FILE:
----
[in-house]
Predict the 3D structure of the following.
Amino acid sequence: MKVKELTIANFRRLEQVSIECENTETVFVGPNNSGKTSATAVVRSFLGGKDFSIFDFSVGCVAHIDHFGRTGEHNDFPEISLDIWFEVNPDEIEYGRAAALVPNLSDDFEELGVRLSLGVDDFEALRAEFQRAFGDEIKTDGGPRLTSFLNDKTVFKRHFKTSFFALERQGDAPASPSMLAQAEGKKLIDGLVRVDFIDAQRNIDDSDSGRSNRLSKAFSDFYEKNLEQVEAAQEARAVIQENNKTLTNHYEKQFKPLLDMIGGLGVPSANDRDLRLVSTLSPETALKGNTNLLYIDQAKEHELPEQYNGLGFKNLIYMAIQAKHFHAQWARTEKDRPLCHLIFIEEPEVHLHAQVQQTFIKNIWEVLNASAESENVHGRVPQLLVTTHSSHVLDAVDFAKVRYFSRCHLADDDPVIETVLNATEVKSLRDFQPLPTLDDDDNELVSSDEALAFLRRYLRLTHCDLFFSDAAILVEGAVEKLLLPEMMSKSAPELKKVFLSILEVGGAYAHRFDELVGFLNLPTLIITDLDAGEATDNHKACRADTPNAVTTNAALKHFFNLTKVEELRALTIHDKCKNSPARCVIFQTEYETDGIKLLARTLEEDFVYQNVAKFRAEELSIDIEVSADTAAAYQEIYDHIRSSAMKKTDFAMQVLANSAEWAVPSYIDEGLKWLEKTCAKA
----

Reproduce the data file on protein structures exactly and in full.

[in-house]
Predict the 3D structure of the following.
Amino acid sequence: MKVKELTIANFRRLEQVSIECENTETVFVGPNNSGKTSATAVVRSFLGGKDFSIFDFSVGCVAHIDHFGRTGEHNDFPEISLDIWFEVNPDEIEYGRAAALVPNLSDDFEELGVRLSLGVDDFEALRAEFQRAFGDEIKTDGGPRLTSFLNDKTVFKRHFKTSFFALERQGDAPASPSMLAQAEGKKLIDGLVRVDFIDAQRNIDDSDSGRSNRLSKAFSDFYEKNLEQVEAAQEARAVIQENNKTLTNHYEKQFKPLLDMIGGLGVPSANDRDLRLVSTLSPETALKGNTNLLYIDQAKEHELPEQYNGLGFKNLIYMAIQAKHFHAQWARTEKDRPLCHLIFIEEPEVHLHAQVQQTFIKNIWEVLNASAESENVHGRVPQLLVTTHSSHVLDAVDFAKVRYFSRCHLADDDPVIETVLNATEVKSLRDFQPLPTLDDDDNELVSSDEALAFLRRYLRLTHCDLFFSDAAILVEGAVEKLLLPEMMSKSAPELKKVFLSILEVGGAYAHRFDELVGFLNLPTLIITDLDAGEATDNHKACRADTPNAVTTNAALKHFFNLTKVEELRALTIHDKCKNSPARCVIFQTEYETDGIKLLARTLEEDFVYQNVAKFRAEELSIDIEVSADTAAAYQEIYDHIRSSAMKKTDFAMQVLANSAEWAVPSYIDEGLKWLEKTCAKA